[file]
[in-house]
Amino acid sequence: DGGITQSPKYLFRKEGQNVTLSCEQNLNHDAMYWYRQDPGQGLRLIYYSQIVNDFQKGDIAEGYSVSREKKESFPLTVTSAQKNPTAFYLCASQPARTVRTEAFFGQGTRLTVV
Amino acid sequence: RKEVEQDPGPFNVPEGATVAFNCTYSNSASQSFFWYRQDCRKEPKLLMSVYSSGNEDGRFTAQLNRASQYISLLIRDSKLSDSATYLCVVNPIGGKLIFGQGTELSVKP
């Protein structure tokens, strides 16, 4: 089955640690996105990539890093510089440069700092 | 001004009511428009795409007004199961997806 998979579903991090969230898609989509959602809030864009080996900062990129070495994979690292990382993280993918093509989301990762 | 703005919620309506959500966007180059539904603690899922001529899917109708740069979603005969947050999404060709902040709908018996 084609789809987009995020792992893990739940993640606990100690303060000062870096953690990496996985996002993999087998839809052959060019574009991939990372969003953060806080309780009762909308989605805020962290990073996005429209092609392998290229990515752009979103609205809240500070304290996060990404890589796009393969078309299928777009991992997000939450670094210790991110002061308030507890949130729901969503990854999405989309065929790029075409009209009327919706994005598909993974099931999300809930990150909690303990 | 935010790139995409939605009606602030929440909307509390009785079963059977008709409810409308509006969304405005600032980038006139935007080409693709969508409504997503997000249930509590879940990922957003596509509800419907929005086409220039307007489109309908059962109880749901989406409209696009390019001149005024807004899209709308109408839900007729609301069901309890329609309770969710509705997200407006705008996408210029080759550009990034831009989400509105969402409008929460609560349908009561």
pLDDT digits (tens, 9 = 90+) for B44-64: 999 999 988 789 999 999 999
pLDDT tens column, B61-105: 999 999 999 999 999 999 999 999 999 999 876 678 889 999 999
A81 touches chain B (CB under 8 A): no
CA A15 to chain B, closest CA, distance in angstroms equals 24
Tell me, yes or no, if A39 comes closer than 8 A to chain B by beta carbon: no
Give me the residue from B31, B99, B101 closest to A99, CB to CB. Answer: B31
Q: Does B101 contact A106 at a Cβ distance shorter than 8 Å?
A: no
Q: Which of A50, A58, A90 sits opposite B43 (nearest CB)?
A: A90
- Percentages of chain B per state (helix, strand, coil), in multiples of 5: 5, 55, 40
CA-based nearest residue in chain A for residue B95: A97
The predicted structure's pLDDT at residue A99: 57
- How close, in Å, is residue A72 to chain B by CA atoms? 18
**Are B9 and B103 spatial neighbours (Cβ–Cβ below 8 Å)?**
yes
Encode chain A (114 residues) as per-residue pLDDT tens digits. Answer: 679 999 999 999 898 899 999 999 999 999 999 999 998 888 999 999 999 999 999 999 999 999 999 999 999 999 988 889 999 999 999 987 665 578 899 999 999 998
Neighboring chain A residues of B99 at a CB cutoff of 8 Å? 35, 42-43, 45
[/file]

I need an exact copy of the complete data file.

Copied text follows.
[in-house]
Amino acid sequence: DGGITQSPKYLFRKEGQNVTLSCEQNLNHDAMYWYRQDPGQGLRLIYYSQIVNDFQKGDIAEGYSVSREKKESFPLTVTSAQKNPTAFYLCASQPARTVRTEAFFGQGTRLTVV
Amino acid sequence: RKEVEQDPGPFNVPEGATVAFNCTYSNSASQSFFWYRQDCRKEPKLLMSVYSSGNEDGRFTAQLNRASQYISLLIRDSKLSDSATYLCVVNPIGGKLIFGQGTELSVKP
């Protein structure tokens, strides 16, 4: 089955640690996105990539890093510089440069700092 | 001004009511428009795409007004199961997806 998979579903991090969230898609989509959602809030864009080996900062990129070495994979690292990382993280993918093509989301990762 | 703005919620309506959500966007180059539904603690899922001529899917109708740069979603005969947050999404060709902040709908018996 084609789809987009995020792992893990739940993640606990100690303060000062870096953690990496996985996002993999087998839809052959060019574009991939990372969003953060806080309780009762909308989605805020962290990073996005429209092609392998290229990515752009979103609205809240500070304290996060990404890589796009393969078309299928777009991992997000939450670094210790991110002061308030507890949130729901969503990854999405989309065929790029075409009209009327919706994005598909993974099931999300809930990150909690303990 | 935010790139995409939605009606602030929440909307509390009785079963059977008709409810409308509006969304405005600032980038006139935007080409693709969508409504997503997000249930509590879940990922957003596509509800419907929005086409220039307007489109309908059962109880749901989406409209696009390019001149005024807004899209709308109408839900007729609301069901309890329609309770969710509705997200407006705008996408210029080759550009990034831009989400509105969402409008929460609560349908009561």
pLDDT digits (tens, 9 = 90+) for B44-64: 999 999 988 789 999 999 999
pLDDT tens column, B61-105: 999 999 999 999 999 999 999 999 999 999 876 678 889 999 999
A81 touches chain B (CB under 8 A): no
CA A15 to chain B, closest CA, distance in angstroms equals 24
Tell me, yes or no, if A39 comes closer than 8 A to chain B by beta carbon: no
Give me the residue from B31, B99, B101 closest to A99, CB to CB. Answer: B31
Q: Does B101 contact A106 at a Cβ distance shorter than 8 Å?
A: no
Q: Which of A50, A58, A90 sits opposite B43 (nearest CB)?
A: A90
- Percentages of chain B per state (helix, strand, coil), in multiples of 5: 5, 55, 40
CA-based nearest residue in chain A for residue B95: A97
The predicted structure's pLDDT at residue A99: 57
- How close, in Å, is residue A72 to chain B by CA atoms? 18
**Are B9 and B103 spatial neighbours (Cβ–Cβ below 8 Å)?**
yes
Encode chain A (114 residues) as per-residue pLDDT tens digits. Answer: 679 999 999 999 898 899 999 999 999 999 999 999 998 888 999 999 999 999 999 999 999 999 999 999 999 999 988 889 999 999 999 987 665 578 899 999 999 998
Neighboring chain A residues of B99 at a CB cutoff of 8 Å? 35, 42-43, 45